He said the decision to cut the distribution was not influenced by the fortunes of Bluegrass. On the bright side, the partnership's Southeast Market Expansion project is proceeding as planned, Horton said, and projects to connect new gas-fired power generation load to the Boardwalk network are under way. Boardwalk recently concluded an open season for its Ohio to Louisiana Access project on Texas Interstate Gas, which would entail the reversal of flow on some existing pipeline.

Boardwalk recently repurposed about 400 miles of pipeline in South Texas. If Bluegrass comes to fruition, it would repurpose another 600 miles. However, the Boardwalk network is about 14,000 miles of pipeline.

“Any way that we can figure out how to best use these pipelines given that you’ve got a changing flow of the way natural gas is moving in the interstate market; we’re doing that and we’re continuing to do that,” Horton said.

In the near term, Horton said, announced growth projects are not expected to offset declining revenues. Despite this, there are no plans to issue additional equity. "We remain bullish on boardwalk's long-term prospects for growth..." Horton said. "Actions taken today will strengthen the balance sheet."

The decrease in the value of storage spreads has accelerated of late. Fewer gas marketers are contracting for storage capacity as an arbitrage play. The future of the value of storage depends greatly on the weather, of course, and Horton said the company isn't parking gas right now but rather lending it out of storage. "So that's been kind of a complete reversal of what we've seen in the last couple years," he said.

After the severe winter weather of late settles down, Horton said Boardwalk will see whether the currently backwardated forward market returns to its traditional contango. "There's a lot of forecasts out there; we'll just see what the market does for us," he told analysts.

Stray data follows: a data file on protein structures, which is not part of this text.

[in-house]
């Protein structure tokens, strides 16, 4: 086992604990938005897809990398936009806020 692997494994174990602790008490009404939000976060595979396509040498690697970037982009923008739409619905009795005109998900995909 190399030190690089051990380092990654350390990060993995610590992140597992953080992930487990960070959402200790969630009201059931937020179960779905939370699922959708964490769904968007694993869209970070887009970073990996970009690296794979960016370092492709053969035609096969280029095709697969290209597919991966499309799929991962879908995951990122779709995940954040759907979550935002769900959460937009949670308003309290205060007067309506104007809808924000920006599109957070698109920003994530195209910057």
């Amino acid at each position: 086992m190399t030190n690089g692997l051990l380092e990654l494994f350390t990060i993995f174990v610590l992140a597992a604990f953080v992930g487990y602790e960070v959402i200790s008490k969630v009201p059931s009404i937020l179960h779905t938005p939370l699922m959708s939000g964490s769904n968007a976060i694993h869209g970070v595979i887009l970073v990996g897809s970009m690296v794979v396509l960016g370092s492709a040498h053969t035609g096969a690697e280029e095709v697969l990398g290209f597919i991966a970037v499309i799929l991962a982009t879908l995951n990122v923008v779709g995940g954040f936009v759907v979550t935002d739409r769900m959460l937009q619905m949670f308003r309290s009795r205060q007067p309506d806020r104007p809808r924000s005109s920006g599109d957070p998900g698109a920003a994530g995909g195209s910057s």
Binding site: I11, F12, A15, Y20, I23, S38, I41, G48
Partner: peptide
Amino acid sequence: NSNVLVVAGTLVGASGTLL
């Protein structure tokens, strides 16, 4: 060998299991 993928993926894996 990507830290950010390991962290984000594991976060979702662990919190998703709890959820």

General partner Loews has offered up another $300 million of subordinated debt should it be needed, Horton said.

If Bluegrass goes forward, Loews has previously offered to help with the financing of the project, and Horton said if Bluegrass found "an acquisition that made sense to us," it could even go to Loews for potential funding of that. However, "...just flat-out subsidy from a general partner, I think, doesn't add value."

Loews is having its own tough times, posting a fourth quarter net loss of $198 million, up from a loss of $32 million during the year-ago period. A goodwill charge at its HighMount Exploration & Production LLC due to low natural gas and NGL prices was partly blamed. Loews was also dragged down by Boardwalk’s bad news, its shares closing down more than 4% Monday.

Boardwalk operating revenues of $312.9 million for the quarter and $1,205.6 million for the year represent a 4% decrease and 2% increase from $325.7 million and $1.19 billion in the comparable 2012 periods. Net income of $19.5 million for the quarter and $253.7 million for the year represent a 78% and 17% decrease from $90.1 million and $306 million in the 2012 periods.

Adjusted earnings of $129.6 million for the quarter and $688.7 million for the year were a 34% and 5% decrease from $197.8 million and $726.5 million, respectively, one year ago.